Toronto After Dark Film Festival Wrap-Up – Mini reviews of Love, The Theatre Bizarre, Midnight Son, Absentia, The Corridor and VS

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It’s over! My first time at Toronto After Dark has come to an end, my body is grateful, but the film fan in me isn’t taking it so well. 19 screening in 8 days and complete coverage of the festival was an ambitious goal that I fell somewhat short of. I missed out on two screenings and failed to get a review up for everything, but I’ll be better prepared for next time, perhaps with a guest blogger or two up my sleeve.


Love -A thoughtful and awe-inspiring space adventure that forces the audience to question what exactly it means to be human. Great lead performance by Gunner Wright, and beautiful direction by William Eubank. The film is a bit of a softy in terms of the Sci-fi content, but would be an excellent film to introduce someone to the genre.

The Theatre Bizarre -The horror anthology makes a return with this collection of seven short horror films presented in an abandoned theatre by horror icon Udo Kier. The quality and subject matter of these shorts covers a very wide range, I’m sure everyone will find one to like. For me the best was the Lovecraftian mystery from Richard Stanley, while the food fetish story from David Gregory actually had me looking away from the screen. I actually enjoy eating food and couldn’t risk having some of this imagery stuck in my brain.

Midnight Son -I missed it. I couldn’t watch four movies from 1:30pm – 12:00am on Sunday and I picked the 9:45pm screening of Midnight Son as the one to miss. I screwed up. Multiple fans that I spoke to called this film one of the best of the fest. From what I hear, it is a gritty, realistic, and different take on a vampire film. I also found out that I had been talking to the director, Scott Leberecht, who is a chill, down-to-earth guy. Next time I won’t be taking off any features.

Absentia -A very cool and surprisingly scary low-budget horror film from director Mike Flanagan. Very creative scares and decent acting make this one a pleasure to watch, although the budget does not allow for some of the money-shots that some members of the audience might have been waiting for.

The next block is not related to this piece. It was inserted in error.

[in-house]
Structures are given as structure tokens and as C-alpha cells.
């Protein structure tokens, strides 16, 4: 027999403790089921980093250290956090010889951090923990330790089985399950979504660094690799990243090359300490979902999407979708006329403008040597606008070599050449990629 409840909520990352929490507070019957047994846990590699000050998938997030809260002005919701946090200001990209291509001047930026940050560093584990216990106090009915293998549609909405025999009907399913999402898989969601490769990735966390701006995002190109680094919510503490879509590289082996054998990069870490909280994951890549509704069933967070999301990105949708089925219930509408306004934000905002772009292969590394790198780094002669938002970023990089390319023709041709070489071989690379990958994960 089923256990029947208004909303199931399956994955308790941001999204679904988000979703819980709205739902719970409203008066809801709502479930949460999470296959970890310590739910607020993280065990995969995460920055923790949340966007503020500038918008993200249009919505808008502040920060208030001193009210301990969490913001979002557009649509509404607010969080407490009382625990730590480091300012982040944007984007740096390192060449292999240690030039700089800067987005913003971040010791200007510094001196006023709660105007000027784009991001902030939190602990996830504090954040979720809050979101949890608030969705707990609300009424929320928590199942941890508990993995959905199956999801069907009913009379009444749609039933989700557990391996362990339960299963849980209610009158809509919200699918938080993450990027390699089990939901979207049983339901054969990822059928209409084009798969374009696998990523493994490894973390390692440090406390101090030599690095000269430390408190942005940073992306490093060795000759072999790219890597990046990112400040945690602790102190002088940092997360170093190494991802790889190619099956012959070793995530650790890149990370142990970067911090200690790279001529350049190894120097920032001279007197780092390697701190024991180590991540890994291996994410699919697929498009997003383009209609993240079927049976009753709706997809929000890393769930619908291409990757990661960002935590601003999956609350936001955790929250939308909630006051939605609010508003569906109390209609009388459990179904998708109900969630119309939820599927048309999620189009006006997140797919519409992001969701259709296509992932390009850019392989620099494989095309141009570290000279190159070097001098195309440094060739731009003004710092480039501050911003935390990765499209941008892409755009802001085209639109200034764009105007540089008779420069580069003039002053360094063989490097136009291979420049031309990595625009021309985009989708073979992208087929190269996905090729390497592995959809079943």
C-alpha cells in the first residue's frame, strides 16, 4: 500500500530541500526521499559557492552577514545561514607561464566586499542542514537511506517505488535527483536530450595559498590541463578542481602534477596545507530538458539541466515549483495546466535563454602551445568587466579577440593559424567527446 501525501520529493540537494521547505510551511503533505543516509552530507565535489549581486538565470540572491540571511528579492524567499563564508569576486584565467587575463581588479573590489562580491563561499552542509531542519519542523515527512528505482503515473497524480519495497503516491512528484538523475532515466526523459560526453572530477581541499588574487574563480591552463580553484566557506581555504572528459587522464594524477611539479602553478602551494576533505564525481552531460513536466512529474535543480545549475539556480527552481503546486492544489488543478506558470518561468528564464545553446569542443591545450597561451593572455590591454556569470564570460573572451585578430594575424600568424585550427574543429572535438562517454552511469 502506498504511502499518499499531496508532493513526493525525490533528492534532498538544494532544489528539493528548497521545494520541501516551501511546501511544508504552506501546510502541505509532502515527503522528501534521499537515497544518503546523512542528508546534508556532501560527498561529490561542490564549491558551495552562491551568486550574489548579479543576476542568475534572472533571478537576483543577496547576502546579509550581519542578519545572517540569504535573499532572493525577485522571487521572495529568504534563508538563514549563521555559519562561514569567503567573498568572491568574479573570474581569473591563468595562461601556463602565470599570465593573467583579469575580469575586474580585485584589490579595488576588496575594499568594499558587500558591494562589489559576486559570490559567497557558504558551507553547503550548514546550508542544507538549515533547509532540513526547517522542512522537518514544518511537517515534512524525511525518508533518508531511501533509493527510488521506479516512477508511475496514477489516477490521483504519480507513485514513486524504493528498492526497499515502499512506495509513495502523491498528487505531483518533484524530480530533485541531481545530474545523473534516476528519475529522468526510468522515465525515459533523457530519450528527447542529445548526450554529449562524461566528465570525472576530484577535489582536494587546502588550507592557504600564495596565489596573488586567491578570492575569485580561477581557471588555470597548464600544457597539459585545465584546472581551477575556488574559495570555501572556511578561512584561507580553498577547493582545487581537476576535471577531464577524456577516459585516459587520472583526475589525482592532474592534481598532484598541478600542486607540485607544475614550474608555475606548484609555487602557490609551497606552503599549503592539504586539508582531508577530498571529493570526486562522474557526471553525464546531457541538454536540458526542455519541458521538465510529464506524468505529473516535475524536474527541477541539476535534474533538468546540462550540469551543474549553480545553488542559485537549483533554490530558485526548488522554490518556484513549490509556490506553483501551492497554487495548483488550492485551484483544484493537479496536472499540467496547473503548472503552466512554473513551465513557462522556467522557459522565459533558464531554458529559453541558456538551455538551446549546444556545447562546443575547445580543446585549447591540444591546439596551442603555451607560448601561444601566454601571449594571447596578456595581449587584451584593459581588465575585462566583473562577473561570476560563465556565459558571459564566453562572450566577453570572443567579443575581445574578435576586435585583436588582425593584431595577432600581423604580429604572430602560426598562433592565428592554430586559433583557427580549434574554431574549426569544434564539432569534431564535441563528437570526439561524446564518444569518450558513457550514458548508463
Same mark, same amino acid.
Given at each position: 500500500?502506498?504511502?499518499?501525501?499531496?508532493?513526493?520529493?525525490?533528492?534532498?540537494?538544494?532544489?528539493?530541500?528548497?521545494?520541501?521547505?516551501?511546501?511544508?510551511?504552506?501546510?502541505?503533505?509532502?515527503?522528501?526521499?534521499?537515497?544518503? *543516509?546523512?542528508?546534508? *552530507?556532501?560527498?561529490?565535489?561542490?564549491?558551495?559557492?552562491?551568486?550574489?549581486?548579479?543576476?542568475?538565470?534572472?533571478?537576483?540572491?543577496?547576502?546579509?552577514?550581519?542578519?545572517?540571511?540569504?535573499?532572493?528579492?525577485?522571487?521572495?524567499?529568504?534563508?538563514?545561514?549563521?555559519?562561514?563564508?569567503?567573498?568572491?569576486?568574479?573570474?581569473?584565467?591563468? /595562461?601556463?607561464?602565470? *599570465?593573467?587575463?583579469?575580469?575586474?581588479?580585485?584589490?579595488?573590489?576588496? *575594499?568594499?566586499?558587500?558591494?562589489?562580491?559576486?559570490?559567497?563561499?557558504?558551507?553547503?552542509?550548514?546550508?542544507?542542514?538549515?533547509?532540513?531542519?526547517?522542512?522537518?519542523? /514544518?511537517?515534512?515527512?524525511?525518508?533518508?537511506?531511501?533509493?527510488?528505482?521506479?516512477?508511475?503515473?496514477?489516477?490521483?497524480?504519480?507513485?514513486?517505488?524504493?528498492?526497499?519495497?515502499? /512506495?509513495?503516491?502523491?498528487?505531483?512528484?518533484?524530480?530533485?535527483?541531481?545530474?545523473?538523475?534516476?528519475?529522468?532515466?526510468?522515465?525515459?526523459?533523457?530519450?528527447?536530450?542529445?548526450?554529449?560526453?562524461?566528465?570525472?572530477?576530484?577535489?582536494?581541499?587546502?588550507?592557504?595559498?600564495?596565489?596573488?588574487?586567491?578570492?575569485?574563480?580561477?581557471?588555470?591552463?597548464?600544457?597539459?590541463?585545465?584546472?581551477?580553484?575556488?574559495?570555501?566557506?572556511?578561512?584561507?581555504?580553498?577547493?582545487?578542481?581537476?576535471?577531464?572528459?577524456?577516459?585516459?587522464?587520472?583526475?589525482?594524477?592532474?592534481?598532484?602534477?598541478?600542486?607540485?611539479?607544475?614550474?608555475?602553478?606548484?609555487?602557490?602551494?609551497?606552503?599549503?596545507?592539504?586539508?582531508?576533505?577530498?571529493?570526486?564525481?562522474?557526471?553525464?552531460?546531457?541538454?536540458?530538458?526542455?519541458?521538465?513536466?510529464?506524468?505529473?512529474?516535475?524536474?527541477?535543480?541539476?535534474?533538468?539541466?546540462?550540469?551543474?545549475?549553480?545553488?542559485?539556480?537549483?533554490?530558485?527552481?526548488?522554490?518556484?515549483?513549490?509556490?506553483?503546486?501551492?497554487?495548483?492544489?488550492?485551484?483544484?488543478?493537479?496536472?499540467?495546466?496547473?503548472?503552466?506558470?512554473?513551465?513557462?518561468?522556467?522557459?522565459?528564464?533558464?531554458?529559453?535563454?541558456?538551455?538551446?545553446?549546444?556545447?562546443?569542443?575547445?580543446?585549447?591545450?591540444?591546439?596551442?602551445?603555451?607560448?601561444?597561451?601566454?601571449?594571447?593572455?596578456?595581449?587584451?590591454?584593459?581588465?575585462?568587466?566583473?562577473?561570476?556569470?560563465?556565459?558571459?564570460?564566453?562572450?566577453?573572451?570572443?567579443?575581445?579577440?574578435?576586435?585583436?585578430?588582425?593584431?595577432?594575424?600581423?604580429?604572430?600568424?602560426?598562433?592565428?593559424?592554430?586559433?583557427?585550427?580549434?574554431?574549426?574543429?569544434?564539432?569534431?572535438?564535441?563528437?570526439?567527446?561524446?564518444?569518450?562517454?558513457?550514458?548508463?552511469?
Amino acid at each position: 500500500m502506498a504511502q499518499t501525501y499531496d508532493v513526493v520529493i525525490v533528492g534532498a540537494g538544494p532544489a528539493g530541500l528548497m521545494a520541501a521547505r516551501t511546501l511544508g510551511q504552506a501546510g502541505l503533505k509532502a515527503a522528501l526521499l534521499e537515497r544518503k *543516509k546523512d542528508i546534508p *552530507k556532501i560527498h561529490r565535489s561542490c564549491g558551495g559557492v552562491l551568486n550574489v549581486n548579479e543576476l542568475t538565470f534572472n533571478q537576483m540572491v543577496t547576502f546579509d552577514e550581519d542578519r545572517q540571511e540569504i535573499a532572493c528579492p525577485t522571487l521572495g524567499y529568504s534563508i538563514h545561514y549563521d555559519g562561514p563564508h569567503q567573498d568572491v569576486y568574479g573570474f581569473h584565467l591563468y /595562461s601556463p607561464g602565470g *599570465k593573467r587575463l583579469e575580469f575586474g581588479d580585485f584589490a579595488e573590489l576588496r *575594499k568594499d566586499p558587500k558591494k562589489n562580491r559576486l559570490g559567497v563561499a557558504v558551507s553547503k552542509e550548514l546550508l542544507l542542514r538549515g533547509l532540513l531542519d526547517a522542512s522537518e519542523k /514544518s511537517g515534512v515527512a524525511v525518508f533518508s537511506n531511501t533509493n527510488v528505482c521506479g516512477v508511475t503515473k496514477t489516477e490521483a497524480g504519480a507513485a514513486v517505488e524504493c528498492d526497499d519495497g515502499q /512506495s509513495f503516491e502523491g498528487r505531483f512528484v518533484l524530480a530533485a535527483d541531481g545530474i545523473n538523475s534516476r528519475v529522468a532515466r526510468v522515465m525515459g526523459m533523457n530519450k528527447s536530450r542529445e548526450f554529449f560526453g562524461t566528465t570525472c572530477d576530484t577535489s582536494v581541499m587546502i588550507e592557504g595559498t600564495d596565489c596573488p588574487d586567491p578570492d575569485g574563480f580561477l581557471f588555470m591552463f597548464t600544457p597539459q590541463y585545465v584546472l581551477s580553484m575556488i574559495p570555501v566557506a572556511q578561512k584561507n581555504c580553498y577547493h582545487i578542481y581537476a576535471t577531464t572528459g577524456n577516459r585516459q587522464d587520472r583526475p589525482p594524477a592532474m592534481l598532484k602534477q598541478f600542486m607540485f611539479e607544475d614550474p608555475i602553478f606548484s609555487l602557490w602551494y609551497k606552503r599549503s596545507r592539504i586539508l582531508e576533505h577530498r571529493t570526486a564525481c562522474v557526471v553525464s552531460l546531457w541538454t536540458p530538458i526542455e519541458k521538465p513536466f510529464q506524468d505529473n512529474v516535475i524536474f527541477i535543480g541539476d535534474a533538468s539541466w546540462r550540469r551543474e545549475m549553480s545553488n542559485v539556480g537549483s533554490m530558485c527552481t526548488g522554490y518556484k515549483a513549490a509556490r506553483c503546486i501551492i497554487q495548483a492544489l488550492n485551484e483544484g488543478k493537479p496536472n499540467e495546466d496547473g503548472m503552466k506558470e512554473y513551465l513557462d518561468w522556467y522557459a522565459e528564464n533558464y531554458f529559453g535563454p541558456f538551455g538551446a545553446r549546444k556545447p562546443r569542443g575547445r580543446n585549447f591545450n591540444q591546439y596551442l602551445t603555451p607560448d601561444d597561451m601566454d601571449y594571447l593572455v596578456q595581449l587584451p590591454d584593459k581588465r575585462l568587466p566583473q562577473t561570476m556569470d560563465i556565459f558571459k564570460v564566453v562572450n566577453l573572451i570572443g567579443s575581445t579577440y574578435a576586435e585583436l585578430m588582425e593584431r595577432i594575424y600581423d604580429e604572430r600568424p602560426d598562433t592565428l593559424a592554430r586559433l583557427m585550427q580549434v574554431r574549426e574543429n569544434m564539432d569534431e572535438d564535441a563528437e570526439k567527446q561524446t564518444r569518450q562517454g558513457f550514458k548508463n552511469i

The Corridor -A Sci-fi and horror mash-up that has a lot going for it. Decent writing, acting, and special effects across the board. For some reason the secluded-cabin-in-the-winter theme never seems to get old for me. The intricate relationships between the friends on this winter cabin trip is one of the highlights of The Corridor. The tone of the end of the film may not work well for some, but the film as a whole is certainly worth a watch.

VS -The third and final world premiere at Toronto After Dark. I really wanted to give VS a full review, but simply ran out of energy and time. An amalgamation of superhero and Saw movies, VS really feels like something unique. The film was written and shot quite quickly, but doesn’t come across this way in the visual department. Dark warehouses and junk yards are the environments of VS. Unfortunately the writing comes across as rushed. However, the great performance by James Remar (Dexter) adds some energy to the script. If you feel like a devilishly dark take on the superhero genre, check out VS.

Toronto After Dark Films Earning the Entertainment Maven Seal of Approval (The best of the best)

At TIFF this year I saw roughly 20 films and was ecstatic to find 6 additions for the Seal of Approval page. Toronto After Dark continued the trend as I saw plenty of entertaining films, including 5 remarkable ones. Click on the film titles for my reviews.


Some Guy Who Kills People

A Lonely Place to Die

The Divide

The Innkeepers

Final Thoughts

I WILL MISS the amazing sense of community at TAD. I found myself alone during a few of the social events, at night after the screenings, that is until I approached a long-time pass holder at TAD named Kirk. Before I knew what was going on, I was being introduced to the whole community, including staff, press, and filmmakers. If you find yourself in my position, make the first move and find a great fan like Kirk.

I WON’T MISS the volume level that some directors think is ideal for their film screening. Turn it down guys.

I WILL MISS the incredibly kind and accommodating people at The Toronto Underground Cinema. Everyone, including Nigel, Charlie and Harvey, did a great job.

I WON’T MISS glass bottles rolling down the length of the floor like clockwork.

Finally, I WILL MISS the films. Genre films don’t often get the respect they deserve, but my god, is there a better type of film on the planet? The variety of themes, characters, environments, writing styles, unlikely heroes, menacing villains, soundtracks, action sequences, etc. that can be found in genre films is absolutely astounding. Toronto is one of the best cities in the world for genre fans, and Toronto After Dark is one of the most dedicated and incredible festivals out there for genre films, and only in their 6th year!

I’ll look forward to seeing everyone next year, and until then, maintain your love of the weird, wicked and wonderful, I’m sure it will be effortless to do.

Manborg Review – Toronto After Dark Film Festival 2011

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The 6th Annual Toronto After Dark Film Festival, 8 Nights of Horror, Sci-Fi, Action, and Cult Movies runs Oct 20-27, 2011 at the Toronto Underground Cinema. For complete festival info visit